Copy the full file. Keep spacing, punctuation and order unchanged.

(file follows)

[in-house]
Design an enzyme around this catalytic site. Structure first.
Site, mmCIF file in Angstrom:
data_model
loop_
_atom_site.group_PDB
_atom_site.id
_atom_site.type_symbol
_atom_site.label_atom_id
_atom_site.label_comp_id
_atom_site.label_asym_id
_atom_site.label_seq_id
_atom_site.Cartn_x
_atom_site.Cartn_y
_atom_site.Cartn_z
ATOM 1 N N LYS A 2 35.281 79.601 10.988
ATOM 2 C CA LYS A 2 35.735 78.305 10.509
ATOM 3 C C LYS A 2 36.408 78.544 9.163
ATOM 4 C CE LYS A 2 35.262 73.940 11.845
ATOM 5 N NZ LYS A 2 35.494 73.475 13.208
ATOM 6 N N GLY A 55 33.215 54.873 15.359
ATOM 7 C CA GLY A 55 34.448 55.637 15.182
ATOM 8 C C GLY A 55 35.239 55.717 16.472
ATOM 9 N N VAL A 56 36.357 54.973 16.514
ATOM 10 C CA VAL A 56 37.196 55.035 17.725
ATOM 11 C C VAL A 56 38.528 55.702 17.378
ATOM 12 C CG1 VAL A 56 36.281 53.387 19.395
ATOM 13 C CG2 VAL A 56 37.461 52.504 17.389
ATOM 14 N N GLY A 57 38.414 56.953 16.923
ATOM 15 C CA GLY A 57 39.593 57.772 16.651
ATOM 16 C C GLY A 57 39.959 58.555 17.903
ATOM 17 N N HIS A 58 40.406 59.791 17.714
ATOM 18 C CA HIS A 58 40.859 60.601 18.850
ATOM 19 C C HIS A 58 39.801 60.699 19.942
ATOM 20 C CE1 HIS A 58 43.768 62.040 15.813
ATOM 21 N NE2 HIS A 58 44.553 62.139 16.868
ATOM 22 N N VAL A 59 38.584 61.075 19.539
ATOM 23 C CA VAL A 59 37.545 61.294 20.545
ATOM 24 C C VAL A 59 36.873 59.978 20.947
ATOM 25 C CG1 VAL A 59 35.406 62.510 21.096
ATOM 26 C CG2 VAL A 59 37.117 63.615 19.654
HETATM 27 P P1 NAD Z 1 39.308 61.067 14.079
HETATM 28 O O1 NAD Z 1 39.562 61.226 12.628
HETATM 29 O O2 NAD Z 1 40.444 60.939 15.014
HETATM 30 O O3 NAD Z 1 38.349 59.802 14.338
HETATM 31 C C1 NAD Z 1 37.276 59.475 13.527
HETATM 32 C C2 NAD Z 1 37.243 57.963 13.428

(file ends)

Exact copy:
[in-house]
Design an enzyme around this catalytic site. Structure first.
Site, mmCIF file in Angstrom:
data_model
loop_
_atom_site.group_PDB
_atom_site.id
_atom_site.type_symbol
_atom_site.label_atom_id
_atom_site.label_comp_id
_atom_site.label_asym_id
_atom_site.label_seq_id
_atom_site.Cartn_x
_atom_site.Cartn_y
_atom_site.Cartn_z
ATOM 1 N N LYS A 2 35.281 79.601 10.988
ATOM 2 C CA LYS A 2 35.735 78.305 10.509
ATOM 3 C C LYS A 2 36.408 78.544 9.163
ATOM 4 C CE LYS A 2 35.262 73.940 11.845
ATOM 5 N NZ LYS A 2 35.494 73.475 13.208
ATOM 6 N N GLY A 55 33.215 54.873 15.359
ATOM 7 C CA GLY A 55 34.448 55.637 15.182
ATOM 8 C C GLY A 55 35.239 55.717 16.472
ATOM 9 N N VAL A 56 36.357 54.973 16.514
ATOM 10 C CA VAL A 56 37.196 55.035 17.725
ATOM 11 C C VAL A 56 38.528 55.702 17.378
ATOM 12 C CG1 VAL A 56 36.281 53.387 19.395
ATOM 13 C CG2 VAL A 56 37.461 52.504 17.389
ATOM 14 N N GLY A 57 38.414 56.953 16.923
ATOM 15 C CA GLY A 57 39.593 57.772 16.651
ATOM 16 C C GLY A 57 39.959 58.555 17.903
ATOM 17 N N HIS A 58 40.406 59.791 17.714
ATOM 18 C CA HIS A 58 40.859 60.601 18.850
ATOM 19 C C HIS A 58 39.801 60.699 19.942
ATOM 20 C CE1 HIS A 58 43.768 62.040 15.813
ATOM 21 N NE2 HIS A 58 44.553 62.139 16.868
ATOM 22 N N VAL A 59 38.584 61.075 19.539
ATOM 23 C CA VAL A 59 37.545 61.294 20.545
ATOM 24 C C VAL A 59 36.873 59.978 20.947
ATOM 25 C CG1 VAL A 59 35.406 62.510 21.096
ATOM 26 C CG2 VAL A 59 37.117 63.615 19.654
HETATM 27 P P1 NAD Z 1 39.308 61.067 14.079
HETATM 28 O O1 NAD Z 1 39.562 61.226 12.628
HETATM 29 O O2 NAD Z 1 40.444 60.939 15.014
HETATM 30 O O3 NAD Z 1 38.349 59.802 14.338
HETATM 31 C C1 NAD Z 1 37.276 59.475 13.527
HETATM 32 C C2 NAD Z 1 37.243 57.963 13.428